Why churches and ministries should care about Hispanics


Welcome to our thinking lab and very first article! It is our desire that our publications empower you to have a meaningful impact among the 57 million Hispanics that now reside in the United States of America – and by extension the 450 million located in Central and South America.

Since this is our introductory article, I thought appropriate to elaborate more on the question presented in our Welcome page: Why should you care about Hispanics? Likely you know that it is the largest minority group. That its economic power is surging. And that they are becoming a strategic focus of brands, entertainers, and politicians. But is there a compelling reason for your church or ministry to invest energy and resources to engage this audience? Based on current trends, there is actually more than just one.

Satisfy their spiritual curiosity

Hispanics represent a group in spiritual transition. The Pew Center found that almost 25{925090af81ab6eadb945e5632faa9cdb309d4f060e396770309da419bbc68490} of all US Hispanics have abandoned their Catholic traditions and embraced Protestantism, or, in lesser degree no religion at all.1 The main reason for their departure is the desire for a more personal experience with God. Their religious migration is driving the growth of some mainline denominations, but it is also causing a seismic transformation in the demographics, worship, and theology of the congregations that they have joined (as well as those that they have left).2 The energy invested in exploring a new faith shows how much spiritual matters matter to Hispanics.

Engage the most connected audience

Compounded with their spiritual readiness is also the fact that Hispanics are easy to reach, especially in the age of digital media. They surpass any other group when it comes to using smartphones, participating in social media, watching streaming video, and shopping online.3 This trend indicates that faith organizations must modernize their communication approach in order to engage this emerging audience on the channels to which they are tuned.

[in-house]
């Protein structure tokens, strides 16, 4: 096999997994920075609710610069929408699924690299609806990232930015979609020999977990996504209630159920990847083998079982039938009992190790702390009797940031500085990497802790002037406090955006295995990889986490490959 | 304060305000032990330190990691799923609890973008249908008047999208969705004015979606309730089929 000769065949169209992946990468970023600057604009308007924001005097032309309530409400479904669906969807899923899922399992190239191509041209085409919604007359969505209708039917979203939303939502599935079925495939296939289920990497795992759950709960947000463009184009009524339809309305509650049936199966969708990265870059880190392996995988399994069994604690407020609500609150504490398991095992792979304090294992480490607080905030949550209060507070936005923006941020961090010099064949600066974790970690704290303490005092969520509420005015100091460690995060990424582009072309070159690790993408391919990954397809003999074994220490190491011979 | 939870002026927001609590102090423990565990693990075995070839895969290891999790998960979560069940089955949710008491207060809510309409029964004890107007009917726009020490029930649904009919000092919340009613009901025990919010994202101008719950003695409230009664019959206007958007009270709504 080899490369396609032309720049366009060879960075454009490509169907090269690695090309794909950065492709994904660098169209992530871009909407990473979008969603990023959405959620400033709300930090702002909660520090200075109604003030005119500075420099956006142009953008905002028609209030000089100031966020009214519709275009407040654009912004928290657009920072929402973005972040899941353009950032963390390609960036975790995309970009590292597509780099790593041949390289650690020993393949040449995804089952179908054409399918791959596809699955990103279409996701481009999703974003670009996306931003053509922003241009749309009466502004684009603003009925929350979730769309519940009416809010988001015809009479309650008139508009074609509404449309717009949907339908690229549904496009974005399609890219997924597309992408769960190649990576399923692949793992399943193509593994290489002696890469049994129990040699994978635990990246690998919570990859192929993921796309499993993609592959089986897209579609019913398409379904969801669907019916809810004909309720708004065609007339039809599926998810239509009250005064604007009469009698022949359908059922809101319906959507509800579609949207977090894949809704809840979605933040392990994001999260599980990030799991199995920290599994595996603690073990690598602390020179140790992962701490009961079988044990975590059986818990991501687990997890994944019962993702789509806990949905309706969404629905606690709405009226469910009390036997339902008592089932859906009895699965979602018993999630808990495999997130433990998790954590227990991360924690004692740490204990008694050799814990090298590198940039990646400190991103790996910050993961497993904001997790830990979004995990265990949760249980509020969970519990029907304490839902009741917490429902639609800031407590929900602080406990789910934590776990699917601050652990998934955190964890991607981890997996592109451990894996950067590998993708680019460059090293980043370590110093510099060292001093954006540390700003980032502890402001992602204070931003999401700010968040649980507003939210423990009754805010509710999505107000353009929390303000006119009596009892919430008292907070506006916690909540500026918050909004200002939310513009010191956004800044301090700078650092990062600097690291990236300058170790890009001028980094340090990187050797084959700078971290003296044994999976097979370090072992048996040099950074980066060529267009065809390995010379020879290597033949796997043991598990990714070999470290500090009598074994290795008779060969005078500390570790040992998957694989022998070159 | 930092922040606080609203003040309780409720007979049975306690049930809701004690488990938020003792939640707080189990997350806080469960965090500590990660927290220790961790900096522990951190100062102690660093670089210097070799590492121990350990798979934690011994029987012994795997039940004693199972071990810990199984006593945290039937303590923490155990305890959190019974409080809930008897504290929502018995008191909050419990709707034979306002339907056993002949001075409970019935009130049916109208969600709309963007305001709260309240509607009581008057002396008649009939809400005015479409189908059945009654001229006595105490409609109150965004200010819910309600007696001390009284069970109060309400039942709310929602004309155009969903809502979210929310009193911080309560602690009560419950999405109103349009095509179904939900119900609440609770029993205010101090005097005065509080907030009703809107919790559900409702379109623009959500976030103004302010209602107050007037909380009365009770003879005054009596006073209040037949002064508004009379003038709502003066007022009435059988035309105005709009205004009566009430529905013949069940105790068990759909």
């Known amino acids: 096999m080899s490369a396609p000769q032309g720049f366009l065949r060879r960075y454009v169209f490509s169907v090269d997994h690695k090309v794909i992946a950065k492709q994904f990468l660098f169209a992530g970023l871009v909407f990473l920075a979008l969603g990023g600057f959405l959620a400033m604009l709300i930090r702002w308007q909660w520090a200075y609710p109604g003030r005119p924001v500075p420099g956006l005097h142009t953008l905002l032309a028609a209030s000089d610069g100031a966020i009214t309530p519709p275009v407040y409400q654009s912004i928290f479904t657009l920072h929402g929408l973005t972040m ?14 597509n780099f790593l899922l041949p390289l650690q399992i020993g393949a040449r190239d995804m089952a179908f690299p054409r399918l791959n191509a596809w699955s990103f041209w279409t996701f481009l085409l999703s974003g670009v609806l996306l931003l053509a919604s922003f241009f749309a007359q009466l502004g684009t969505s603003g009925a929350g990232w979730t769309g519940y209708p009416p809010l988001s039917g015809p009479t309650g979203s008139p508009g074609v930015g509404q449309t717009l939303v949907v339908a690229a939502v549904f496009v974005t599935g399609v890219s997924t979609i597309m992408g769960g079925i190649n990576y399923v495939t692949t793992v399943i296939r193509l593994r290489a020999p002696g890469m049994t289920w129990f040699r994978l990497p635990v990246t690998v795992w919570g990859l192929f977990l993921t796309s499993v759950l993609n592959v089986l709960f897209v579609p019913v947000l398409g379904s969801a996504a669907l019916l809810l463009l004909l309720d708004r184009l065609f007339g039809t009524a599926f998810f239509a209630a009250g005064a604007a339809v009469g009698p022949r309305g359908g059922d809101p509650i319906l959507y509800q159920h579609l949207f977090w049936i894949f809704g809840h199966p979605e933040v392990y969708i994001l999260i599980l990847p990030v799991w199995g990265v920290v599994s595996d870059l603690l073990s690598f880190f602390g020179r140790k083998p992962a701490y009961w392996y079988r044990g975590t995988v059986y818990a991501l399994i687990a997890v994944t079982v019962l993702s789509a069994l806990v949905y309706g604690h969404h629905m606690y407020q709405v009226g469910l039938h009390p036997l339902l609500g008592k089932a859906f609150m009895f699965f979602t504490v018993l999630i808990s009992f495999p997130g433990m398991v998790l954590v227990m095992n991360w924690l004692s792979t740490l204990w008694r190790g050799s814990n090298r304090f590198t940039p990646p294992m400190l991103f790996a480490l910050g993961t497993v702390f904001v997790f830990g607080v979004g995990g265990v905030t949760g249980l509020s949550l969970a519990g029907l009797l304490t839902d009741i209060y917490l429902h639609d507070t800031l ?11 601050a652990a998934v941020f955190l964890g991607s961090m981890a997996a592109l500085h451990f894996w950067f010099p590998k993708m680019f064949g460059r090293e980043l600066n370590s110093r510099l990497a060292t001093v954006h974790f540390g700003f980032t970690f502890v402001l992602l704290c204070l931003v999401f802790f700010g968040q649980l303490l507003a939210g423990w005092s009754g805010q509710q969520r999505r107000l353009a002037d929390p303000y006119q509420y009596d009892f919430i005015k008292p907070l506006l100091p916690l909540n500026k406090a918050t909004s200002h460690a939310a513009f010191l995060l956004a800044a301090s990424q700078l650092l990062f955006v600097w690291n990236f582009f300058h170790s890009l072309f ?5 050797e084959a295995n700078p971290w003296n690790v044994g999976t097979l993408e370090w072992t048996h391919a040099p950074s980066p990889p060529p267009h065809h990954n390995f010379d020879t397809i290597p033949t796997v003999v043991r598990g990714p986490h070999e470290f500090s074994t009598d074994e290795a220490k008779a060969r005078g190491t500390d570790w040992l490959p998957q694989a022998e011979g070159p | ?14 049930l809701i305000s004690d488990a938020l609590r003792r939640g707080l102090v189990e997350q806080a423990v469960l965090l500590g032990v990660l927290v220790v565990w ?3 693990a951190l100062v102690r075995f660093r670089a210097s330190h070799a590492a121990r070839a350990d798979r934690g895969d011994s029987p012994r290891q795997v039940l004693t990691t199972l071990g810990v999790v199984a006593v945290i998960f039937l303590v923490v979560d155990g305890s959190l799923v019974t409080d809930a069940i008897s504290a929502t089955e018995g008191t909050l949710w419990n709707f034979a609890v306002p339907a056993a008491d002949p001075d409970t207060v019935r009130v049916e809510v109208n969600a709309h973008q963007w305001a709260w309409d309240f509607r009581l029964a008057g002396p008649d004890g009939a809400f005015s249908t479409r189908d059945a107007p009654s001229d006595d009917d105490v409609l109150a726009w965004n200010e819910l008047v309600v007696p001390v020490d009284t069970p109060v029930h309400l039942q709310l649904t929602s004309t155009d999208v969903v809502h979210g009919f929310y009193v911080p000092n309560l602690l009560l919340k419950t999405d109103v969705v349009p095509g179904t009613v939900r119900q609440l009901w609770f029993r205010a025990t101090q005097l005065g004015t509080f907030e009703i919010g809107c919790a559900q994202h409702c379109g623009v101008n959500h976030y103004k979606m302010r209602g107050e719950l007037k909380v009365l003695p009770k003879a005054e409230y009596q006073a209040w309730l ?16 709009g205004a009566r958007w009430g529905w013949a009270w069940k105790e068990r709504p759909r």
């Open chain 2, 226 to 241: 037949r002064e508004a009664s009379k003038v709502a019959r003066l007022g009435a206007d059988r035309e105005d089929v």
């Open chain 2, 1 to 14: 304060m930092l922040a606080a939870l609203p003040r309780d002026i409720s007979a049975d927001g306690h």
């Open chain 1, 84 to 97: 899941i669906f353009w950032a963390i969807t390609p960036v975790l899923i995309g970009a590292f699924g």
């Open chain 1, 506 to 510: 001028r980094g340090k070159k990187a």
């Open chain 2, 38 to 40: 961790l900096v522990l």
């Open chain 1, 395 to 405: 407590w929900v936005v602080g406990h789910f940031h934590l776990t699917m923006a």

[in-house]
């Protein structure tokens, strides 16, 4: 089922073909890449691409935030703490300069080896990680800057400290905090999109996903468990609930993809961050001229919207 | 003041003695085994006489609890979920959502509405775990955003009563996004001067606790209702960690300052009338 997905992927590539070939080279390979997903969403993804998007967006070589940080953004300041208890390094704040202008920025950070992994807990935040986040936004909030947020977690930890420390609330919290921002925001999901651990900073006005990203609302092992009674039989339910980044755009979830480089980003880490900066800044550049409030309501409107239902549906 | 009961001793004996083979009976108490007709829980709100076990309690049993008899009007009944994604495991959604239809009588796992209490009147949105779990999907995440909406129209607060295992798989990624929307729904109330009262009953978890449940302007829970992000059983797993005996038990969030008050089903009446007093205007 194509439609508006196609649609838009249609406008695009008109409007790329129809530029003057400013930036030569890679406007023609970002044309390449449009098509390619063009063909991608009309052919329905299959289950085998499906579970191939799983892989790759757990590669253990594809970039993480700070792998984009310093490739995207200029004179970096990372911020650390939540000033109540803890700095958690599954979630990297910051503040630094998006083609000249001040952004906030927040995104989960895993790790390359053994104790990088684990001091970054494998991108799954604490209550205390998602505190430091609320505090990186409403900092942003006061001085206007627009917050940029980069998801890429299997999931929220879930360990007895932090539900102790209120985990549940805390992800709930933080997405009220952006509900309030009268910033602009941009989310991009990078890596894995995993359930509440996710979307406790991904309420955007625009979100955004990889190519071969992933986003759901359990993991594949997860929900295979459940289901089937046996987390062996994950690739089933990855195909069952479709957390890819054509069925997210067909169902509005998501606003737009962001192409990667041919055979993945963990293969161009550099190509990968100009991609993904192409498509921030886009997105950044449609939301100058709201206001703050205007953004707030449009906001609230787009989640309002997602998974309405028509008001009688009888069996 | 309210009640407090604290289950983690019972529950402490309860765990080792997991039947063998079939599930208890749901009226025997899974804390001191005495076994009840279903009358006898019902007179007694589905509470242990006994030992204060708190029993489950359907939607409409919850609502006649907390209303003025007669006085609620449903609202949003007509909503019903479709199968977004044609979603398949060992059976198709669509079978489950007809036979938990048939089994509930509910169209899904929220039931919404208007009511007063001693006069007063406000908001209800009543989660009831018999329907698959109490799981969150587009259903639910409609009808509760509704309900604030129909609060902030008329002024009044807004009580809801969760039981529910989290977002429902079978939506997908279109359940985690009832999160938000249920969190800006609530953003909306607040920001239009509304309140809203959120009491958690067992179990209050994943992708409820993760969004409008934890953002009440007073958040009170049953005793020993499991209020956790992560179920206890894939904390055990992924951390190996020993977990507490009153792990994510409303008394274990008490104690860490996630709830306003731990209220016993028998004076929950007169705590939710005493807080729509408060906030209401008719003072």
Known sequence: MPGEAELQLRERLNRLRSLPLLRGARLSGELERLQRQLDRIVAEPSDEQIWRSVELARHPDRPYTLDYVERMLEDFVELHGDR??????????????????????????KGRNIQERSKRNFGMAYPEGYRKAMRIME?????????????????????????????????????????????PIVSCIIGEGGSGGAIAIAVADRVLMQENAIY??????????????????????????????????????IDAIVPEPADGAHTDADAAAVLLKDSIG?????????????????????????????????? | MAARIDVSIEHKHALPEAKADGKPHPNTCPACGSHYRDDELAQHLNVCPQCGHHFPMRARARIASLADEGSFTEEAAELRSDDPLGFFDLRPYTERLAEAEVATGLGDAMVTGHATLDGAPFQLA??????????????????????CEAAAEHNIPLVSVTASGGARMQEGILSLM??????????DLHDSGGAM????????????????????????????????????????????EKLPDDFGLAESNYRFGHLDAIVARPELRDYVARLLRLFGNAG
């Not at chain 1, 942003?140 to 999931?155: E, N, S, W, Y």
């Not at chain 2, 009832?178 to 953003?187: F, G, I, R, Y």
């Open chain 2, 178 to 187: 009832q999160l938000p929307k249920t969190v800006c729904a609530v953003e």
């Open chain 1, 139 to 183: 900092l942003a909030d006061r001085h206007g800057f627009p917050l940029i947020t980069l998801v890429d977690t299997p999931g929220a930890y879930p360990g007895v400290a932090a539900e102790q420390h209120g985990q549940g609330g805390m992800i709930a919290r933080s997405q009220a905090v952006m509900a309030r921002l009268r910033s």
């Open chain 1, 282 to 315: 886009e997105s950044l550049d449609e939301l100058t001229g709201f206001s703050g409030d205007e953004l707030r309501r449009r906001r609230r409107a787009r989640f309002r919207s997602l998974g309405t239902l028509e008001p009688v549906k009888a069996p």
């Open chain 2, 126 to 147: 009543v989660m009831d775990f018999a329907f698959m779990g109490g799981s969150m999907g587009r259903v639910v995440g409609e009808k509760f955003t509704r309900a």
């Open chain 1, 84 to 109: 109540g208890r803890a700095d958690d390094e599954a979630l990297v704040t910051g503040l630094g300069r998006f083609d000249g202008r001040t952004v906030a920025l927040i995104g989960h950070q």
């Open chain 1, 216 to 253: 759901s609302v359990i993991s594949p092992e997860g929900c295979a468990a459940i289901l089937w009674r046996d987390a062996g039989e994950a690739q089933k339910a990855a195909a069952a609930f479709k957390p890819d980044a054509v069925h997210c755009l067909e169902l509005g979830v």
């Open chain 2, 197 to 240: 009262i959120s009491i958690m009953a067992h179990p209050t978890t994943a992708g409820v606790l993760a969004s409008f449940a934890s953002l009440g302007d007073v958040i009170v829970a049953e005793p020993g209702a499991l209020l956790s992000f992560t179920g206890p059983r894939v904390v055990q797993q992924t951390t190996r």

Inspire their generosity

Contrary to conventional wisdom, a Spanish outreach can be self-sustained. The majority of Hispanics households earn between $40-100K annually.4 When it comes to giving, their generosity level is on par with Caucasian donors.5 But according to Diversity in Giving, Hispanics rarely receive appeals from non-profits—and if they did, they would donate more.6 The study also cautions that traditional, direct response channels won’t work (back to the point above) and that the message must align with heartfelt causes or products that celebrate their heritage. Clearly, the shortage of contributions from Hispanics is not due to lack of funds or interest. Instead, it’s due to a disconnect in strategy.

Impact the next generation

Hispanics form the largest and youngest demographic group. Over half were actually born in U.S. territory and are being assimilated into American life.7 They are the doctors, lawyers, scientist, journalist, and even preachers of tomorrow. Any organization that is thinking about propelling its influence unto the next generation would be wise to begin engaging them now.

Businesses, politicians, and the media industry already understand that Hispanics are a key engine for growth in the next 30 years. The case made shows Hispanics are also ready to be engaged in matters of faith and giving. They are just awaiting your invitation.

If you are now wondering where to begin, we will be happy to offer a one-time, 45-minute, free consultation. Just CONNECT with us through your preferred method and we will get in touch with you to make it happen.

Sources:

1 The Shifting Religious Identity of Latinos in the United States, Pew Hispanic Center, 2014.

2 Rodgers, Darren J. Assemblies of God 2015 statistics released, growth spurred by ethnic transformation. Flower Pentecostal Heritage Center, 2016.

3 Hispanics Overindex for Smartphone Usage. eMarketer, 2014.

4 Hispanic Market Guide, Association of Hispanic Advertising Agencies, 2016.

5 Damaris Montalvo, Top 10 Characteristics of the Hispanic Donor, The Journal of the DMA Non-Profit Federation, Vol. 17, Issue 3, September 2014.

6 Rovner, Mark. Diversity in Giving: The Changing Landscape of American Philanthropy, Blackbaud, 2015.

7 Hispanic America: Faith, Values and Priorities, Barna Group, 2012.

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